As the second court of review in bankruptcy cases, we examine the judgment of the bankruptcy court independently of the district court. Senior Transeastern Lenders v. Official Comm. of Unsecured Creditors ( In re TOUSA, Inc.), 680 F.3d 1298, 1310 (11th Cir. 2012). We review legal determinations made by either court de novo. Id.

Whether a complaint states a viable claim for relief is a question of law we review de novo.2 Starship Enters. of Atlanta, Inc. v. Coweta Cty., 708 F.3d 1243, 1252 (11th Cir. 2013). We accept all factual allegations in the complaint as true and view them in the light most favorable to the plaintiff. Id. “We are not, however, required to accept the labels and legal conclusions in the complaint as true.” Edwards v. Prime, Inc., 602 F.3d 1276, 1291 (11th Cir. 2010). To withstand dismissal, a plaintiff must plead sufficient facts to state a claim for relief that is plausible on its face. Bell Atl. Corp. v. Twombly, 550 U.S. 544, 570, 127 S.Ct. 1955, 167 L.Ed.2d 929 (2007). We liberally construe pro se pleadings. Tannenbaum v. United States, 148 F.3d 1262, 1263 (11th Cir. 1998).


The plausibility of Sims's claims, as she admits, hinges on her interpretation of the alleged PSA between Wells Fargo and the pass-through trust as making Wells Fargo a guarantor of her mortgage loan. See Appellant's Br. at 13 (“Sims’ claim's plausibility hinges on one factor alone: THE GUARANTY.”). Because we conclude that the bankruptcy court properly rejected this interpretation of the PSA, we affirm the dismissal of her claims without wading into the tangled weeds of RICO pleading standards. See, e.g., Almanza v. United Airlines, Inc., 851 F.3d 1060, 1067–68 (11th Cir. 2017).

Both parties appear to agree that Florida law governs our interpretation of the contracts at issue. Under Florida law, the “interpretation of a contract is a question of law subject to de novo review.” Horizons A Far, LLC v. Plaza N. 15, LLC, 114 So. 3d 992, 994 (Fla. Dist. Ct. App. 2012). Contract interpretation is governed by the intent of the parties, which is “determined from the plain language of the agreement and the everyday meaning of the words used.” Burlington & Rockenbach, P.A. v. Law Offices of E. Clay Parker, 160 So. 3d 955, 958 (Fla. Dist. Ct. App. 2015). “In interpreting a contract, [c]ourts are not to isolate a single term or group of words and read that part in isolation; the goal is to arrive at a reasonable interpretation of the text of the entire agreement to accomplish its stated meaning and purpose.” Horizons A Far, 114 So. 3d at 994 (quotation marks omitted). When the terms of a contract are unambiguous, courts must give effect to those terms. Talbott v. First Bank Fla. FSB, 59 So. 3d 243, 245 (Fla. Dist. Ct. App. 2011). Whether a contract is ambiguous is a question of law. Id.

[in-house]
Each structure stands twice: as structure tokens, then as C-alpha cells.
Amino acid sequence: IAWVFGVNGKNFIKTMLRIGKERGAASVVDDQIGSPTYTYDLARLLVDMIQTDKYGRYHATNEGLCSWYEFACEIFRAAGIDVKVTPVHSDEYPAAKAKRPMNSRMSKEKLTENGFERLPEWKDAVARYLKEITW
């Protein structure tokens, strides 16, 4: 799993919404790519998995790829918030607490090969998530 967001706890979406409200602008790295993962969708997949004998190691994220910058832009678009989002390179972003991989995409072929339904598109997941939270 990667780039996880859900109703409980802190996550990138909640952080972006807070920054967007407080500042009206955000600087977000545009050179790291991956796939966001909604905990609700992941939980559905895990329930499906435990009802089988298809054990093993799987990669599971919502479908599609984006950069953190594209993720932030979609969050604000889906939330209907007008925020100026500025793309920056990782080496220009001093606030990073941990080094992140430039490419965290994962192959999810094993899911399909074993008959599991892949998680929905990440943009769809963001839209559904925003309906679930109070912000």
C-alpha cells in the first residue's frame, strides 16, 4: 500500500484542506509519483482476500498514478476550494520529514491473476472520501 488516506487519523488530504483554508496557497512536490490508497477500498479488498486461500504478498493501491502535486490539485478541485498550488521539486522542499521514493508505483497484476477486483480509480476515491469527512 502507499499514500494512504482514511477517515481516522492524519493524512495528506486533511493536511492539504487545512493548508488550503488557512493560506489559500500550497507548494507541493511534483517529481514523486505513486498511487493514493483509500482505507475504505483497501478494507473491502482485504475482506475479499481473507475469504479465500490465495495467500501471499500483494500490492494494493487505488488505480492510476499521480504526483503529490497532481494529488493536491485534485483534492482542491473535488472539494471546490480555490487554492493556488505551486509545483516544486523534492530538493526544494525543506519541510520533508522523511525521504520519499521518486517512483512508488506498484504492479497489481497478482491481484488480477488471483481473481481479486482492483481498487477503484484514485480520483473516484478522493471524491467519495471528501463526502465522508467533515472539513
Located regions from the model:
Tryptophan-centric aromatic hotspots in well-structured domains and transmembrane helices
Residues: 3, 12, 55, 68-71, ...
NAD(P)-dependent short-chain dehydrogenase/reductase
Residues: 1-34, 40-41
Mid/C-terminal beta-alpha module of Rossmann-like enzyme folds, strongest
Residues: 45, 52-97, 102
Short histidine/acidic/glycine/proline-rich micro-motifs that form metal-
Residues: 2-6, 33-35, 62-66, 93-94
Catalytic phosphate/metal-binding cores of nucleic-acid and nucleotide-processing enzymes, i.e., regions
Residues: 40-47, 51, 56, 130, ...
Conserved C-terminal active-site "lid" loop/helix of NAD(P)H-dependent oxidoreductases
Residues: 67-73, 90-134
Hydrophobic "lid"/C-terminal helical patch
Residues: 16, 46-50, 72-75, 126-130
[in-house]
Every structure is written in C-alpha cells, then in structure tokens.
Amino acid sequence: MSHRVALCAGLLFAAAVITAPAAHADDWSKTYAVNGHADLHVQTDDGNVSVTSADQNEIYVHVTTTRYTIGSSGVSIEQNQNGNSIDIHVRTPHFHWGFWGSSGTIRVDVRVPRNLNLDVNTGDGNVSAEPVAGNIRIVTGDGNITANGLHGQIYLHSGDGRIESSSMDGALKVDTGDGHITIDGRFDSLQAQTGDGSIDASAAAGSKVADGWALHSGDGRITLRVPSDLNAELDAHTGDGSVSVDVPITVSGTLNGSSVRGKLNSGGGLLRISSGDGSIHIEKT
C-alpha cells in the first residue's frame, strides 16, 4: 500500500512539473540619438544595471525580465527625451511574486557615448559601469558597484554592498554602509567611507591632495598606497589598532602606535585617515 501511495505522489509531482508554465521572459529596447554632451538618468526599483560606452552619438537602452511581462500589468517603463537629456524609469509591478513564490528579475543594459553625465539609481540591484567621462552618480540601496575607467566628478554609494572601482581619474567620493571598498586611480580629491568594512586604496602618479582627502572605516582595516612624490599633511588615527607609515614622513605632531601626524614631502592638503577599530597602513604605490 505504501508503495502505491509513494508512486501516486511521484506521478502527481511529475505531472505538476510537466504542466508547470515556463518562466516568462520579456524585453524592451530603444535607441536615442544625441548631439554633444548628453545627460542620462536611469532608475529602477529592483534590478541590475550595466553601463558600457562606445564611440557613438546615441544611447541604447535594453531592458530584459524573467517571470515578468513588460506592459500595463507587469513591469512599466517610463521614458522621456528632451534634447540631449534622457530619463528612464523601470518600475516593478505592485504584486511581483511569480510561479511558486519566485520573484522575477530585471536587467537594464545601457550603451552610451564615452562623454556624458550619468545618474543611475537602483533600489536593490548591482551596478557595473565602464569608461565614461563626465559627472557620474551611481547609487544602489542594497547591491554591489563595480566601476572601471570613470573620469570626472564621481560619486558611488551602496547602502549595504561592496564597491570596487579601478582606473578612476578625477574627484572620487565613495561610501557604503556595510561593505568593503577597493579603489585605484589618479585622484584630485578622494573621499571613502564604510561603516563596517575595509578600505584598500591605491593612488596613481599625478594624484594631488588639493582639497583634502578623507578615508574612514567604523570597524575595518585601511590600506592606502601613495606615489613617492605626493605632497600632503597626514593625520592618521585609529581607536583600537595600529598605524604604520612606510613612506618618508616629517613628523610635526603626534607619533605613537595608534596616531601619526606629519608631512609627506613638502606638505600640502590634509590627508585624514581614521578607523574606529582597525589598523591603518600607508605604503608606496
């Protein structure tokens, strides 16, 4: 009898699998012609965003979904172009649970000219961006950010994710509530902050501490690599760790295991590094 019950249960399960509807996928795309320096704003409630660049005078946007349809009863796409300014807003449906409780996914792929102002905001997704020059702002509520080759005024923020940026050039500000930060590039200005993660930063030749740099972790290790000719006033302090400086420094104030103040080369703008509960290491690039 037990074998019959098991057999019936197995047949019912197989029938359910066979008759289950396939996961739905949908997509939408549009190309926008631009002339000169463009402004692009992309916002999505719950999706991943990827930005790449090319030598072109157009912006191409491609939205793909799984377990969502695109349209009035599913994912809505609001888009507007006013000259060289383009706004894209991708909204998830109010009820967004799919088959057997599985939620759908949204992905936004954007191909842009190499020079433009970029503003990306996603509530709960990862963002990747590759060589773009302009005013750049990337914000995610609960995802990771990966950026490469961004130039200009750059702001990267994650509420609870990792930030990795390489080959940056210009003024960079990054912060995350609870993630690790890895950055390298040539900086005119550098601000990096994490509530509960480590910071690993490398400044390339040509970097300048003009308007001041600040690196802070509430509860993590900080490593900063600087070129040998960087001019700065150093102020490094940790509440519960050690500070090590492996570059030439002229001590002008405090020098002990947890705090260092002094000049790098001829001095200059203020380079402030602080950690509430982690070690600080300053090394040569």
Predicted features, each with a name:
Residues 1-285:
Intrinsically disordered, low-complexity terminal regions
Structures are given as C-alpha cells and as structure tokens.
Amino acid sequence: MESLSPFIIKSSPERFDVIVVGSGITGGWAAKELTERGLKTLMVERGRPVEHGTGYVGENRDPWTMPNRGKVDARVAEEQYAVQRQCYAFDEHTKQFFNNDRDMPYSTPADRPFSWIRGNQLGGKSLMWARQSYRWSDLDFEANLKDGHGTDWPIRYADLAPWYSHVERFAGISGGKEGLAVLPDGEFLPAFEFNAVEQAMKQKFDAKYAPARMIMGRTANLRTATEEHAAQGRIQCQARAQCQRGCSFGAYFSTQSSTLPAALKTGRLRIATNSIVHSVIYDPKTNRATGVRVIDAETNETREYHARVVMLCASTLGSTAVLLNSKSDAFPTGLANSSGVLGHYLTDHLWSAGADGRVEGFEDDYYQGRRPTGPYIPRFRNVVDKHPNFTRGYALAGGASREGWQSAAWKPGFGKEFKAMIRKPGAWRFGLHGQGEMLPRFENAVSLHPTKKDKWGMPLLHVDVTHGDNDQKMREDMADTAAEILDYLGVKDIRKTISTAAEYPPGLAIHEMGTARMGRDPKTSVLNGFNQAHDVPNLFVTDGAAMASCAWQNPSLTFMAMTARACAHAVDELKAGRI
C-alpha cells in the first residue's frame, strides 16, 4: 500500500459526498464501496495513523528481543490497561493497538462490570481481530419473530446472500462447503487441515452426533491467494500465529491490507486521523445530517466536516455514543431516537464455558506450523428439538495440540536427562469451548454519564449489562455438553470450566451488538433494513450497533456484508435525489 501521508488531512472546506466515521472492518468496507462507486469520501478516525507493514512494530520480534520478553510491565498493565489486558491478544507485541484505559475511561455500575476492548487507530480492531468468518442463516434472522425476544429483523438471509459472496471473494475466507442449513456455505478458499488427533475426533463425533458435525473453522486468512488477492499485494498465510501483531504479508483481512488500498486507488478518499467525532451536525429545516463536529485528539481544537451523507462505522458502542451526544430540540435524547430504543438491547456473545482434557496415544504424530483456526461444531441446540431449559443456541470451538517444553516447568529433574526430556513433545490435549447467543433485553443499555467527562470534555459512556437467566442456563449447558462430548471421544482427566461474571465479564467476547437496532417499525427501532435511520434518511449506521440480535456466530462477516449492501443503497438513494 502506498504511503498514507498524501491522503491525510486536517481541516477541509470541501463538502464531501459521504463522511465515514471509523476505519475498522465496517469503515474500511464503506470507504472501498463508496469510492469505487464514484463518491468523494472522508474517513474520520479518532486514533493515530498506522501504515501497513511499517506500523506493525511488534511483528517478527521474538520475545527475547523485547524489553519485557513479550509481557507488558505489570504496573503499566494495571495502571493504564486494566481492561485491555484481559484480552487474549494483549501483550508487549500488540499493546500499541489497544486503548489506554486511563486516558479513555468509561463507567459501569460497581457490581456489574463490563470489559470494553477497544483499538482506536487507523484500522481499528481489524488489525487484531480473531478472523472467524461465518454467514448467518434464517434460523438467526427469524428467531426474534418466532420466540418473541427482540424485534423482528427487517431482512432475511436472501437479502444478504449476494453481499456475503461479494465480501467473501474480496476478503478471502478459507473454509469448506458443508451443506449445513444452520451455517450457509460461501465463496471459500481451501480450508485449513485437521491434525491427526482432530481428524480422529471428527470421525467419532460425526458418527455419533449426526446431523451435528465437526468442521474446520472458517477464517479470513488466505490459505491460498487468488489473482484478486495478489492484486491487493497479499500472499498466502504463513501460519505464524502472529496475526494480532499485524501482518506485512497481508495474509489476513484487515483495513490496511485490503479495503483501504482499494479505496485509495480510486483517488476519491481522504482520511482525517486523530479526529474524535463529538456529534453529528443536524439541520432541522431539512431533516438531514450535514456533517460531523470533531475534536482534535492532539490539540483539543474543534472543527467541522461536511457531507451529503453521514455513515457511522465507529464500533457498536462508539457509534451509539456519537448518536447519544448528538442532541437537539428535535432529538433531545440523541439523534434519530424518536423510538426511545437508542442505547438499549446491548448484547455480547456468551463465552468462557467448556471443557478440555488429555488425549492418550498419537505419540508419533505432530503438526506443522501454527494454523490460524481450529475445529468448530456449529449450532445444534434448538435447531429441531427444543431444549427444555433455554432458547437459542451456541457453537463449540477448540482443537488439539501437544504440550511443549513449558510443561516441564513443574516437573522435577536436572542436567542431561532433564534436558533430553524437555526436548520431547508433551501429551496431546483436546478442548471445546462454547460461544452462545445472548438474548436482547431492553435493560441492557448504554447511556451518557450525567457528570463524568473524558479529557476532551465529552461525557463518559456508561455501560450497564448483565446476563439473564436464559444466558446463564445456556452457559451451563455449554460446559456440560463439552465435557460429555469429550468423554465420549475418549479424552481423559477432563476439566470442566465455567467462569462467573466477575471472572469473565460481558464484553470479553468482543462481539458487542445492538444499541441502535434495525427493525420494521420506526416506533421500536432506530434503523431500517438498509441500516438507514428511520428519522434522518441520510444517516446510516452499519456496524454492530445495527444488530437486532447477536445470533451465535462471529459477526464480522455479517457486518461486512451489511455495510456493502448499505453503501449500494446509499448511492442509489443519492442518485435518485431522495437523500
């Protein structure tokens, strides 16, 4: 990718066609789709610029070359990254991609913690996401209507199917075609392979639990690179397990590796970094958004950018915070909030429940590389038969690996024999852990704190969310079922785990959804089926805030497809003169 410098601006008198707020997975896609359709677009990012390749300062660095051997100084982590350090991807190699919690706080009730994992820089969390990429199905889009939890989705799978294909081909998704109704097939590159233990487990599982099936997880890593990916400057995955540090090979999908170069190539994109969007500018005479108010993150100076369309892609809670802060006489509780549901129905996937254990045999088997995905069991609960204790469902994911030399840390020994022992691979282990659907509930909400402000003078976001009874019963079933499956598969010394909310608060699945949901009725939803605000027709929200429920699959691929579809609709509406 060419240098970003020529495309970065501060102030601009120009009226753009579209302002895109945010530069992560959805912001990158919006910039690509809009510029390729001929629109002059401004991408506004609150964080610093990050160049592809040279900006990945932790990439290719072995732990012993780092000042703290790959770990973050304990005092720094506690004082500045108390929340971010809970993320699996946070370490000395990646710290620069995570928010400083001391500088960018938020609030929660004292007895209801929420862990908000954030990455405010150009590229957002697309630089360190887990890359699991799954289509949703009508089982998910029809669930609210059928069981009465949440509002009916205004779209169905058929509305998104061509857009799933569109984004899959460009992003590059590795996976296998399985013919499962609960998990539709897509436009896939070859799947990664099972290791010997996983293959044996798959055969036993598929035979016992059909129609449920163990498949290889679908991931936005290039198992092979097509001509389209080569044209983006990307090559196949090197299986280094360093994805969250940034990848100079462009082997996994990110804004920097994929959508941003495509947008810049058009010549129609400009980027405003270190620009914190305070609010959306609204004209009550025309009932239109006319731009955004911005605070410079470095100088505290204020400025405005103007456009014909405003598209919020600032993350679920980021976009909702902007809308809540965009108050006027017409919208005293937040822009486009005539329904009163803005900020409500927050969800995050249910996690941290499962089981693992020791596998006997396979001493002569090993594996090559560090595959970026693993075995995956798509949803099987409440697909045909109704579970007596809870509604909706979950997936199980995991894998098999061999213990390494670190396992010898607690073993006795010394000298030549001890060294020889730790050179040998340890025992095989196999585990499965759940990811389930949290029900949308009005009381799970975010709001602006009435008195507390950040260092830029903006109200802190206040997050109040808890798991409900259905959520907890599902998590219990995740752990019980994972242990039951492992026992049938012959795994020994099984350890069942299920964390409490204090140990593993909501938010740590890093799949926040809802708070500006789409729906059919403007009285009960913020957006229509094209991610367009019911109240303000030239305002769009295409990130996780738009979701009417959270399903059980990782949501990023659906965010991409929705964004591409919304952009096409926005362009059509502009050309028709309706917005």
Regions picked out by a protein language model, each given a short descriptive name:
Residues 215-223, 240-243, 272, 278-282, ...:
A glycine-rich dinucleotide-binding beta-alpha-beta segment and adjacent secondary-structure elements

Here, we affirm the dismissal of Sims's adversary proceeding largely for the reasons offered by the bankruptcy court. To begin with, the mortgage documents Sims executed define the term “default” as the borrower's failure to make required monthly payments. Because it is undisputed that Sims, the borrower, fell behind on her mortgage payments, thereby defaulting, the mortgage documents authorized Wells Fargo to pursue foreclosure to recover the balance due on the loan.

Sims contends that the PSA made Wells Fargo the guarantor of her loan and that Wells Fargo's advance payments under the PSA prevented a default. “A contract of guaranty is the promise to answer for the payment of the debt, default or performance of another.” Amerishop Mayfair, L.P. v. Billante, 833 So. 2d 806, 809 (Fla. Dist. Ct. App. 2002).